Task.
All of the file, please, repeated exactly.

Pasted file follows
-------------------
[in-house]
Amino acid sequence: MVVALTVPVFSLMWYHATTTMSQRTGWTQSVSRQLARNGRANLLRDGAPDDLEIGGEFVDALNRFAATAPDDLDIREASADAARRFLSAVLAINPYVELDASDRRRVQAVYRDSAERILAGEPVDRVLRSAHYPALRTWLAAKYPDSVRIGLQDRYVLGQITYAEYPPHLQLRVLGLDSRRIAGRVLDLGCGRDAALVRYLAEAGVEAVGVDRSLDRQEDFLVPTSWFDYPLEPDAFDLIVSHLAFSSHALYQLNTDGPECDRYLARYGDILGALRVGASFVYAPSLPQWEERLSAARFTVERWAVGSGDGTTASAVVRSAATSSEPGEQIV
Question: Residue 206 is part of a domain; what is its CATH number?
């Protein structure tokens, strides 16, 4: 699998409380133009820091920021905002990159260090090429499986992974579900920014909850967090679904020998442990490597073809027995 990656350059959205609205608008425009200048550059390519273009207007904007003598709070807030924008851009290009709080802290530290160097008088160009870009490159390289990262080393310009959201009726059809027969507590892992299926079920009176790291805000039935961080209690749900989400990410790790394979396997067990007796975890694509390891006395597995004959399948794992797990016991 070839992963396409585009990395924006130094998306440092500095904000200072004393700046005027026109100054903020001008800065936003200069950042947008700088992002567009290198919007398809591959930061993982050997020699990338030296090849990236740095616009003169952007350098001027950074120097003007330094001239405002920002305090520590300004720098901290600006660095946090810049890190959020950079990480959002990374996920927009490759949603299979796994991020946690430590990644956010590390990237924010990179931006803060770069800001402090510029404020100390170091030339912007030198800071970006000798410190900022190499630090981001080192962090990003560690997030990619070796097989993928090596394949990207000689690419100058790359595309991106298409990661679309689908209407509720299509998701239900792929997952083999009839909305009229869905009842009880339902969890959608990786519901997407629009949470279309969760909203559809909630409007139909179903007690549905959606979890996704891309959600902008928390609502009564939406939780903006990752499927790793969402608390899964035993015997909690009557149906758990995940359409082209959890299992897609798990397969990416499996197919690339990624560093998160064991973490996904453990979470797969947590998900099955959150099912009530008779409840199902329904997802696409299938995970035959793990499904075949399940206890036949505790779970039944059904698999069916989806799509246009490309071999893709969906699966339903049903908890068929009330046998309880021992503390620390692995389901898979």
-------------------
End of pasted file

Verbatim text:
[in-house]
Amino acid sequence: MVVALTVPVFSLMWYHATTTMSQRTGWTQSVSRQLARNGRANLLRDGAPDDLEIGGEFVDALNRFAATAPDDLDIREASADAARRFLSAVLAINPYVELDASDRRRVQAVYRDSAERILAGEPVDRVLRSAHYPALRTWLAAKYPDSVRIGLQDRYVLGQITYAEYPPHLQLRVLGLDSRRIAGRVLDLGCGRDAALVRYLAEAGVEAVGVDRSLDRQEDFLVPTSWFDYPLEPDAFDLIVSHLAFSSHALYQLNTDGPECDRYLARYGDILGALRVGASFVYAPSLPQWEERLSAARFTVERWAVGSGDGTTASAVVRSAATSSEPGEQIV
Question: Residue 206 is part of a domain; what is its CATH number?
């Protein structure tokens, strides 16, 4: 699998409380133009820091920021905002990159260090090429499986992974579900920014909850967090679904020998442990490597073809027995 990656350059959205609205608008425009200048550059390519273009207007904007003598709070807030924008851009290009709080802290530290160097008088160009870009490159390289990262080393310009959201009726059809027969507590892992299926079920009176790291805000039935961080209690749900989400990410790790394979396997067990007796975890694509390891006395597995004959399948794992797990016991 070839992963396409585009990395924006130094998306440092500095904000200072004393700046005027026109100054903020001008800065936003200069950042947008700088992002567009290198919007398809591959930061993982050997020699990338030296090849990236740095616009003169952007350098001027950074120097003007330094001239405002920002305090520590300004720098901290600006660095946090810049890190959020950079990480959002990374996920927009490759949603299979796994991020946690430590990644956010590390990237924010990179931006803060770069800001402090510029404020100390170091030339912007030198800071970006000798410190900022190499630090981001080192962090990003560690997030990619070796097989993928090596394949990207000689690419100058790359595309991106298409990661679309689908209407509720299509998701239900792929997952083999009839909305009229869905009842009880339902969890959608990786519901997407629009949470279309969760909203559809909630409007139909179903007690549905959606979890996704891309959600902008928390609502009564939406939780903006990752499927790793969402608390899964035993015997909690009557149906758990995940359409082209959890299992897609798990397969990416499996197919690339990624560093998160064991973490996904453990979470797969947590998900099955959150099912009530008779409840199902329904997802696409299938995970035959793990499904075949399940206890036949505790779970039944059904698999069916989806799509246009490309071999893709969906699966339903049903908890068929009330046998309880021992503390620390692995389901898979």